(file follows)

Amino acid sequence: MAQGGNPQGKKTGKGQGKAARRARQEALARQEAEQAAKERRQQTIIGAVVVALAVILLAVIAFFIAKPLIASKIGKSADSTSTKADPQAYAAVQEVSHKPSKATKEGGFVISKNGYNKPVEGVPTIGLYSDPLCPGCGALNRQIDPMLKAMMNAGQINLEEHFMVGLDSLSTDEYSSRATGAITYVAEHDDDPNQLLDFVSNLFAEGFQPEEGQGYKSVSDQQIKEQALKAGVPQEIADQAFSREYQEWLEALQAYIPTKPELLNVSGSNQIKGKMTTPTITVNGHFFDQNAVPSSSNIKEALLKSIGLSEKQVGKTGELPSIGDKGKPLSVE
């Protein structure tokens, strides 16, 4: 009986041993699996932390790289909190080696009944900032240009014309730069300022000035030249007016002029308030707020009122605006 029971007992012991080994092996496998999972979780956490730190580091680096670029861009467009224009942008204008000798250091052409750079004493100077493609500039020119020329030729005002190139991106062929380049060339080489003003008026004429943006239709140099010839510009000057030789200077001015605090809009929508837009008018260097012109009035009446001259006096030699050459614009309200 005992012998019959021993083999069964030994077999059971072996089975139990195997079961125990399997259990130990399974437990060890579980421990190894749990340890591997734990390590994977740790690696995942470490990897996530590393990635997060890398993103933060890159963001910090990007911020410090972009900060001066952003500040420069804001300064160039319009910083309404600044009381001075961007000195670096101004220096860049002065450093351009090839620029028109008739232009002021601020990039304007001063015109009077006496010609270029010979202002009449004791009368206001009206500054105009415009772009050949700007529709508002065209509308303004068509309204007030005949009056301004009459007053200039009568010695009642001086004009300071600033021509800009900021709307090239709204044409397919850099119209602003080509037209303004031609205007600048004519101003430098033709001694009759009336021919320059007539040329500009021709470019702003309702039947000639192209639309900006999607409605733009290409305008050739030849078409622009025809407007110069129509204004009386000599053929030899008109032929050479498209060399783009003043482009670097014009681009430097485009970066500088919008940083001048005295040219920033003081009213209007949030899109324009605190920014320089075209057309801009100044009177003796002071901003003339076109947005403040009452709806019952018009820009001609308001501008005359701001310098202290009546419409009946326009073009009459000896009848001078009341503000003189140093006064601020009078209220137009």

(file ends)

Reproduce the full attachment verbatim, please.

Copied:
Amino acid sequence: MAQGGNPQGKKTGKGQGKAARRARQEALARQEAEQAAKERRQQTIIGAVVVALAVILLAVIAFFIAKPLIASKIGKSADSTSTKADPQAYAAVQEVSHKPSKATKEGGFVISKNGYNKPVEGVPTIGLYSDPLCPGCGALNRQIDPMLKAMMNAGQINLEEHFMVGLDSLSTDEYSSRATGAITYVAEHDDDPNQLLDFVSNLFAEGFQPEEGQGYKSVSDQQIKEQALKAGVPQEIADQAFSREYQEWLEALQAYIPTKPELLNVSGSNQIKGKMTTPTITVNGHFFDQNAVPSSSNIKEALLKSIGLSEKQVGKTGELPSIGDKGKPLSVE
């Protein structure tokens, strides 16, 4: 009986041993699996932390790289909190080696009944900032240009014309730069300022000035030249007016002029308030707020009122605006 029971007992012991080994092996496998999972979780956490730190580091680096670029861009467009224009942008204008000798250091052409750079004493100077493609500039020119020329030729005002190139991106062929380049060339080489003003008026004429943006239709140099010839510009000057030789200077001015605090809009929508837009008018260097012109009035009446001259006096030699050459614009309200 005992012998019959021993083999069964030994077999059971072996089975139990195997079961125990399997259990130990399974437990060890579980421990190894749990340890591997734990390590994977740790690696995942470490990897996530590393990635997060890398993103933060890159963001910090990007911020410090972009900060001066952003500040420069804001300064160039319009910083309404600044009381001075961007000195670096101004220096860049002065450093351009090839620029028109008739232009002021601020990039304007001063015109009077006496010609270029010979202002009449004791009368206001009206500054105009415009772009050949700007529709508002065209509308303004068509309204007030005949009056301004009459007053200039009568010695009642001086004009300071600033021509800009900021709307090239709204044409397919850099119209602003080509037209303004031609205007600048004519101003430098033709001694009759009336021919320059007539040329500009021709470019702003309702039947000639192209639309900006999607409605733009290409305008050739030849078409622009025809407007110069129509204004009386000599053929030899008109032929050479498209060399783009003043482009670097014009681009430097485009970066500088919008940083001048005295040219920033003081009213209007949030899109324009605190920014320089075209057309801009100044009177003796002071901003003339076109947005403040009452709806019952018009820009001609308001501008005359701001310098202290009546419409009946326009073009009459000896009848001078009341503000003189140093006064601020009078209220137009």